Configuration is bad but what about operational flexibility?

By kellabyte  //  Firehose  //  2 Comments

I wasn’t around during the days where services and applications had big heavy configuration files that configured things like messaging middleware, IoC containers, web frameworks, and many more. But I can definitely feel that there is a large sense of negativity around configuration driven frameworks and that the community has shifted the pendulum away from these approaches.

I think at the end of the day, programmers will usually always have a bias to doing things in their programming language oppose to outside. We see this shift happening in some databases and how all these frameworks have tried to eliminate as much configuration as possible.

Nobody likes a gigantic XML document of configuration that describes how a WCF service wires up or some messaging middleware routing is configured.

There’s a huge problem though when all of this is eliminated. Operational flexibility is missing.

A few days ago I wrote about how a tightly coupled situation increased operation complexity. That situation was multiplied in difficulty due to the lack of ability to dynamically re-configure these systems.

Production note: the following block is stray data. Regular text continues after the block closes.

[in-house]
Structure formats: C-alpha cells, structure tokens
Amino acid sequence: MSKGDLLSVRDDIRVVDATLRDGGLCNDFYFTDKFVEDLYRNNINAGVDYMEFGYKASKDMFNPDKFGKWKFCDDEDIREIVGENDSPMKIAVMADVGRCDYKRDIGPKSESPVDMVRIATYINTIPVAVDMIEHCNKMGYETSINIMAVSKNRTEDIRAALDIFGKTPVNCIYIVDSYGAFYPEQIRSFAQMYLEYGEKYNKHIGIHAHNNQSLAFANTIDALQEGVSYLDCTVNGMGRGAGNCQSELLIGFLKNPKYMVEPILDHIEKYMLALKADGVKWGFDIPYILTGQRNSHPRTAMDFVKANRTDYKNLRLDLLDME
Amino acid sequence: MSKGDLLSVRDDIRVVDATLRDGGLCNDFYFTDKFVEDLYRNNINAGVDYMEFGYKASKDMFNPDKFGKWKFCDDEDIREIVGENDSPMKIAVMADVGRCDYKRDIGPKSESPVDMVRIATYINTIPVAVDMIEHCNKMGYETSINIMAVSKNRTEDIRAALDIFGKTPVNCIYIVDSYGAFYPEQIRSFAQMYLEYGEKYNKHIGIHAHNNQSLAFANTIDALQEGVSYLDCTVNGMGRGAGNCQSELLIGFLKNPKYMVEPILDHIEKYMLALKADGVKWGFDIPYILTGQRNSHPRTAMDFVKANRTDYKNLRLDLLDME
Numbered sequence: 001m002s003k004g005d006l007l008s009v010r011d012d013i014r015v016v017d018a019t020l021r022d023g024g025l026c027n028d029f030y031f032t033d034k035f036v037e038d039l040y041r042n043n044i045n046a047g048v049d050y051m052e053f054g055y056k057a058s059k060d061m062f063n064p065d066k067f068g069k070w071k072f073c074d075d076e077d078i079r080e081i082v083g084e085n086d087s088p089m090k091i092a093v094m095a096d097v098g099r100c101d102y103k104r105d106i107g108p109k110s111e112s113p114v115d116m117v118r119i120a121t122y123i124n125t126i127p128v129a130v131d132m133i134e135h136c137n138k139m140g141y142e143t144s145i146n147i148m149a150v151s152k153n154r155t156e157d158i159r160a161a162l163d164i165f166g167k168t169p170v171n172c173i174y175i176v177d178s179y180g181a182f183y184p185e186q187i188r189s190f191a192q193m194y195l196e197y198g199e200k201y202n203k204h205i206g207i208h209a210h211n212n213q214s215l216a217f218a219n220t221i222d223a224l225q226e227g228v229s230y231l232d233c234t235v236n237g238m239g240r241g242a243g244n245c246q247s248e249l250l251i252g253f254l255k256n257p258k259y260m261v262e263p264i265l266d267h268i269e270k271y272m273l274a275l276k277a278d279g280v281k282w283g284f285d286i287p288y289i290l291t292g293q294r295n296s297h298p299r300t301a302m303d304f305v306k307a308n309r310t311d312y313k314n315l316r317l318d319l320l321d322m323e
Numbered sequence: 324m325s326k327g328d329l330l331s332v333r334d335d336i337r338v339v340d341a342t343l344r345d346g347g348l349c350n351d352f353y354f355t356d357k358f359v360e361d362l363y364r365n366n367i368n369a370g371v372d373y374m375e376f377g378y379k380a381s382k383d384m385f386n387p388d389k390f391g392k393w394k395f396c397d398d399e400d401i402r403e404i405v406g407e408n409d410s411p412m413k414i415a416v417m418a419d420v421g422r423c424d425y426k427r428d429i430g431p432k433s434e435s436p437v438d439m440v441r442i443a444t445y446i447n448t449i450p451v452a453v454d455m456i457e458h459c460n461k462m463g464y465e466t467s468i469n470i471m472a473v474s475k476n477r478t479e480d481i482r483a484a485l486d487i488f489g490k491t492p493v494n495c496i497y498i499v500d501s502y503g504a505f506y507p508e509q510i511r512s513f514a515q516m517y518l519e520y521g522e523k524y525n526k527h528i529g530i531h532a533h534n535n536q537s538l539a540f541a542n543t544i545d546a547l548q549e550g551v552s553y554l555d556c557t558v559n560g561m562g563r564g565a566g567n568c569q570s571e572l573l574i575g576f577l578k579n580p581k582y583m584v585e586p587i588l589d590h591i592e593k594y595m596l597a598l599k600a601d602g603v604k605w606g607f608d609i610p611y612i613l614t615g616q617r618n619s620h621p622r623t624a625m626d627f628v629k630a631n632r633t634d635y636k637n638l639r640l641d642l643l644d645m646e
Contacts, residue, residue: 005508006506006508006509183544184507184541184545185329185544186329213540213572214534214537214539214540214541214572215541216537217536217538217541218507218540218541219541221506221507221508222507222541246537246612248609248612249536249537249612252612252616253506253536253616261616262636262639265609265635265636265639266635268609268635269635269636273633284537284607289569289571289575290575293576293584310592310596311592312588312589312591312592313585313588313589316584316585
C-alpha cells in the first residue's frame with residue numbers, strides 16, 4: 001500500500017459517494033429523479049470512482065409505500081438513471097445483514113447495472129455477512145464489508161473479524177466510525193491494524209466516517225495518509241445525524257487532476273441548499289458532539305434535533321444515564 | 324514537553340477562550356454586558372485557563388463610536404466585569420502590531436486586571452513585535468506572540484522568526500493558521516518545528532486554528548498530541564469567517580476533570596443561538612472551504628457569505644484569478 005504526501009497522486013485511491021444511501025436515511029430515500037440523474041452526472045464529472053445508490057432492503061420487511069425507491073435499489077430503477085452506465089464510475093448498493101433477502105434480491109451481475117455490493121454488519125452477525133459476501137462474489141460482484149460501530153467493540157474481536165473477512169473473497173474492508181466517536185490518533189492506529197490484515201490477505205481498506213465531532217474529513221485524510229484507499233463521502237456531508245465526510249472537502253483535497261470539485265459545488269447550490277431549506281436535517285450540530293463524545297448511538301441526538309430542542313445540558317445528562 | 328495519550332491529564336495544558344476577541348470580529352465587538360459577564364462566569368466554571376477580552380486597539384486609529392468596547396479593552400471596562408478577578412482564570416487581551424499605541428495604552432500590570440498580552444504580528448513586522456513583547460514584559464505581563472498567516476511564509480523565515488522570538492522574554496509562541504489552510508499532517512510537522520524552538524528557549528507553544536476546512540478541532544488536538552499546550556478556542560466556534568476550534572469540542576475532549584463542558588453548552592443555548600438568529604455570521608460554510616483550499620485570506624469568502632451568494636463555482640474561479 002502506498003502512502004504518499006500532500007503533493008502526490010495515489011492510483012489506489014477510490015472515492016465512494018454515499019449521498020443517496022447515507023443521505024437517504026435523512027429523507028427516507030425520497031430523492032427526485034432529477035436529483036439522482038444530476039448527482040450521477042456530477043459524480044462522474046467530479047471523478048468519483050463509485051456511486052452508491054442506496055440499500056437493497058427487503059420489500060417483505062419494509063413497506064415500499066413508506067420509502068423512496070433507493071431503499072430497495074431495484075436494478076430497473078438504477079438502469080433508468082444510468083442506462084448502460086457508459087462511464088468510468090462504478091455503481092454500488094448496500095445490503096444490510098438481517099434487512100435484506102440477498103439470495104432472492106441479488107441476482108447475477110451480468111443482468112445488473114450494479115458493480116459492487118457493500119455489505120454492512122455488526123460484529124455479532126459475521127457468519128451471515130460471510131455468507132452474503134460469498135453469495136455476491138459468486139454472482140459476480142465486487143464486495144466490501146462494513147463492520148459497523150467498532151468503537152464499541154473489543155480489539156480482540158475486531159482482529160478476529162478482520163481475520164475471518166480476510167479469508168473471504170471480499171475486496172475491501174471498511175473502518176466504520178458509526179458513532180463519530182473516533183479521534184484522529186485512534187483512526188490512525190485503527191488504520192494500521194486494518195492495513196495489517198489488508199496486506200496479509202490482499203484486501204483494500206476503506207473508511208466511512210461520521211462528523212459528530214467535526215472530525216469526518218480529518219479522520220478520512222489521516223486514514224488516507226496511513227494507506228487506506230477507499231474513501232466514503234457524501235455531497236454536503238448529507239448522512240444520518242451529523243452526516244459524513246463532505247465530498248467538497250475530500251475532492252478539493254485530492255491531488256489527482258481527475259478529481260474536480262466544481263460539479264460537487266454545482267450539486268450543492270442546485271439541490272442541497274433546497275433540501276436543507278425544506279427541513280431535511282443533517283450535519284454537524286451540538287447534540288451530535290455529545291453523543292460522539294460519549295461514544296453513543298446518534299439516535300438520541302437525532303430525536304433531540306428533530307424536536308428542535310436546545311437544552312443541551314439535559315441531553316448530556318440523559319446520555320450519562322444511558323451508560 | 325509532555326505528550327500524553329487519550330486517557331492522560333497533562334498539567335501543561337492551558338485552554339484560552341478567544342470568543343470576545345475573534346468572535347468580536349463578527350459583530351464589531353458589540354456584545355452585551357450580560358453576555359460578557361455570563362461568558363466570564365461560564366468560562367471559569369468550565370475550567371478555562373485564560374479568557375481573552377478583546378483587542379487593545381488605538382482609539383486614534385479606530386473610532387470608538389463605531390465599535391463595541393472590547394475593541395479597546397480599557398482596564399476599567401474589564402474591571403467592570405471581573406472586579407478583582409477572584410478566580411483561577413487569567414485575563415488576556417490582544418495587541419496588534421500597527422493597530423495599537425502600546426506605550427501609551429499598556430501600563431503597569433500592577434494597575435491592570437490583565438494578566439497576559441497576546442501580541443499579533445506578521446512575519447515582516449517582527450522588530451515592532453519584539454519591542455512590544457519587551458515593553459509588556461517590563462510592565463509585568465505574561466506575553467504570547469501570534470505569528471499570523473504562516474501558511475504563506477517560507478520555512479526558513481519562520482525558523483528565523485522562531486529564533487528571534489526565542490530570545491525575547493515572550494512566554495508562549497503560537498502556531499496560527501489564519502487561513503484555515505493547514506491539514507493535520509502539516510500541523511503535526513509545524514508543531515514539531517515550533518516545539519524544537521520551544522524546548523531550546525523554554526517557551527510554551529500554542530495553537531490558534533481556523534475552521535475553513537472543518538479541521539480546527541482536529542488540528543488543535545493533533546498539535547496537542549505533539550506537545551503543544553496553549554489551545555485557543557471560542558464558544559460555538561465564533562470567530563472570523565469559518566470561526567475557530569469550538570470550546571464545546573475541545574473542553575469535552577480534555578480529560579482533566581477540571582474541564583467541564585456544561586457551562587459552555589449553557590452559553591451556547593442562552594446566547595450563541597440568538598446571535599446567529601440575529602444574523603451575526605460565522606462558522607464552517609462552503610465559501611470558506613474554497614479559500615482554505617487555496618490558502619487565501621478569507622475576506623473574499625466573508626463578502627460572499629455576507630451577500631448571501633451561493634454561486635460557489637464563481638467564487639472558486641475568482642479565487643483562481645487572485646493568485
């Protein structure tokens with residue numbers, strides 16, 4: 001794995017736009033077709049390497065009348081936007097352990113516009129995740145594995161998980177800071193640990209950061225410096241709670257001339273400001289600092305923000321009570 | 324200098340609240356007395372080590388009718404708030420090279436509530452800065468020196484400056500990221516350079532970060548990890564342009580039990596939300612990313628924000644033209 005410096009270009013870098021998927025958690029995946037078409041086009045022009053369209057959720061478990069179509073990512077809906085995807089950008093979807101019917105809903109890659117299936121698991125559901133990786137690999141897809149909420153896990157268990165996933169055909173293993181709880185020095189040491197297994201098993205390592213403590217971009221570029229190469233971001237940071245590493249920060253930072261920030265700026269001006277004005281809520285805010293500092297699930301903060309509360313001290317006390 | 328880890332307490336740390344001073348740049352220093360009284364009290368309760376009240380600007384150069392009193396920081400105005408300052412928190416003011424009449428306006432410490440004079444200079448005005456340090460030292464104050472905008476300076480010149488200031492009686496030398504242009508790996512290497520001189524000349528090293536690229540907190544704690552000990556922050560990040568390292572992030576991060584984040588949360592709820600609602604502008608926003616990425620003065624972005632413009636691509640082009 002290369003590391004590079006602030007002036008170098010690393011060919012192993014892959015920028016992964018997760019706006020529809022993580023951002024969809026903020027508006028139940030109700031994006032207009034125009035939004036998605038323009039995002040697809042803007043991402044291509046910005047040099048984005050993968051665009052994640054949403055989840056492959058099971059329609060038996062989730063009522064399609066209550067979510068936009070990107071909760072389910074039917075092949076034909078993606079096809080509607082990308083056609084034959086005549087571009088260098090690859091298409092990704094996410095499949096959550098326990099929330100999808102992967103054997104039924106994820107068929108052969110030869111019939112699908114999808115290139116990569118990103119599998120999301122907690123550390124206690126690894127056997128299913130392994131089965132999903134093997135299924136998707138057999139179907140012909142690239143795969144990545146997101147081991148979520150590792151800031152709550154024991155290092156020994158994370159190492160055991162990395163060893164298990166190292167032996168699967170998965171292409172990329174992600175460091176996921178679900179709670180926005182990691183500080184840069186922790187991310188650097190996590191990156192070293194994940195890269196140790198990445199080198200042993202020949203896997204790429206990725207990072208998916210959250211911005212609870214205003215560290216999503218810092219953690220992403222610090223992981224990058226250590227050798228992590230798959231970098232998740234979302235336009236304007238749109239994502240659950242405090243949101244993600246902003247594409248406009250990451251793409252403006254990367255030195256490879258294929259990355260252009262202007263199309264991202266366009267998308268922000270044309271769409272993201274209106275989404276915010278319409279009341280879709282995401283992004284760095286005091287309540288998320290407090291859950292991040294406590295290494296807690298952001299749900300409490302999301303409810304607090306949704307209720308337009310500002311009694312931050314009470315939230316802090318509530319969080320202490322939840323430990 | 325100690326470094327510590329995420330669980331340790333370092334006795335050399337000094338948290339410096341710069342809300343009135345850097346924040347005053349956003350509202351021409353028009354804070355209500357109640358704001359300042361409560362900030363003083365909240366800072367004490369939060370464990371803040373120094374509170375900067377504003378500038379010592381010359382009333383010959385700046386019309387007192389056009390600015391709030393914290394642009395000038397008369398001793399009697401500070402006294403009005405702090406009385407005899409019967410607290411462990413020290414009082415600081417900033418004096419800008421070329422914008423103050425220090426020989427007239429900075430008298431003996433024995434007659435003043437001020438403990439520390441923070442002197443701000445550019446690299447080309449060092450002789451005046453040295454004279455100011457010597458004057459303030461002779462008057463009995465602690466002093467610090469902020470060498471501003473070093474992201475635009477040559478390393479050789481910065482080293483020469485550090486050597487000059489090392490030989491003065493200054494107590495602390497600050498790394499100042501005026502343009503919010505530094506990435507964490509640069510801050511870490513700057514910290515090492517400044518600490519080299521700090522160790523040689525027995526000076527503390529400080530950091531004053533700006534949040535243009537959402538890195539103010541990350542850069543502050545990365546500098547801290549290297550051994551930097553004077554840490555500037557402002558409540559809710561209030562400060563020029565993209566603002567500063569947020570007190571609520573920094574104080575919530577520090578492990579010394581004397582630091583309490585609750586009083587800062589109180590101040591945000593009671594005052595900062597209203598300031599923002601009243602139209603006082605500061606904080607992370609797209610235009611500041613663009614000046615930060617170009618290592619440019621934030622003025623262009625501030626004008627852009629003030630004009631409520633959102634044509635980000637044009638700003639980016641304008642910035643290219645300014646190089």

One option and a really good idea for services is to provide a command set that you can use to tell the service to do things you need like re-configure routing. This becomes really useful for operation teams against production systems.

In some cases the changes you make will need to be persisted so that if the service restarts it doesn’t revert back to the old behavior.

But haven’t we just made a really complicated glorified configuration file?

It seems our industry bounces from one extreme to another all the time but we never quite settle in a middle-ground which means we lose some value that can be extremely important.

If you are still dead against configuration files, at least provide the operational flexibility in some fashion.

I hate configuration files too but I value my system availability and operational flexibility much higher than my personal preferences and inconveniences.

  • Gene Hughson

    Well said. While there is work involved (and certainly pitfalls as well) in maintaining configuration-driven systems, the ability to heal a system without coding is critical.

  • Mark T

    The problem with making configuration changes directly on a production system is that it can lead to snowflakes. Also the system may be running in a state that hasn’t been thoroughly tested.

    If continuous delivery is being practised, it should be possible to make the change, commit it, run it through the CD pipeline (along with all the tests) and then deploy that change into production. This allows flexibility whilst still having confidence that the change being made isn’t going to break anything